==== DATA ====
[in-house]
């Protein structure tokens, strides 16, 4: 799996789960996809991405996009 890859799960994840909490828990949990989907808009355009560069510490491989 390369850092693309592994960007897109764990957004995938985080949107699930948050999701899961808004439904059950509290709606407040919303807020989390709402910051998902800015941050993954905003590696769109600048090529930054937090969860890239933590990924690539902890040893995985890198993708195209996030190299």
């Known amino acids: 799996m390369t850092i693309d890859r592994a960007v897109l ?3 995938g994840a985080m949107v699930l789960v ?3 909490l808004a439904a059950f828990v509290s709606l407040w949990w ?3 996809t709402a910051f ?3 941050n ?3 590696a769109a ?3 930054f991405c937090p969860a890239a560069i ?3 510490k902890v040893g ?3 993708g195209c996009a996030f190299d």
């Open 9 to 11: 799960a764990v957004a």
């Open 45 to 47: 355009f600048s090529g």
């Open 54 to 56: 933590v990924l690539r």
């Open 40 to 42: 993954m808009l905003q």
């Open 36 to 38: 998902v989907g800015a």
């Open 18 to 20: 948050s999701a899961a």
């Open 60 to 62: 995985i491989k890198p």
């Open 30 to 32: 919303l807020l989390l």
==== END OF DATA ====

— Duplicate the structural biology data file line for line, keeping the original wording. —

[in-house]
């Protein structure tokens, strides 16, 4: 799996789960996809991405996009 890859799960994840909490828990949990989907808009355009560069510490491989 390369850092693309592994960007897109764990957004995938985080949107699930948050999701899961808004439904059950509290709606407040919303807020989390709402910051998902800015941050993954905003590696769109600048090529930054937090969860890239933590990924690539902890040893995985890198993708195209996030190299």
């Known amino acids: 799996m390369t850092i693309d890859r592994a960007v897109l ?3 995938g994840a985080m949107v699930l789960v ?3 909490l808004a439904a059950f828990v509290s709606l407040w949990w ?3 996809t709402a910051f ?3 941050n ?3 590696a769109a ?3 930054f991405c937090p969860a890239a560069i ?3 510490k902890v040893g ?3 993708g195209c996009a996030f190299d």
């Open 9 to 11: 799960a764990v957004a």
């Open 45 to 47: 355009f600048s090529g």
């Open 54 to 56: 933590v990924l690539r």
């Open 40 to 42: 993954m808009l905003q």
């Open 36 to 38: 998902v989907g800015a």
């Open 18 to 20: 948050s999701a899961a």
């Open 60 to 62: 995985i491989k890198p």
């Open 30 to 32: 919303l807020l989390l």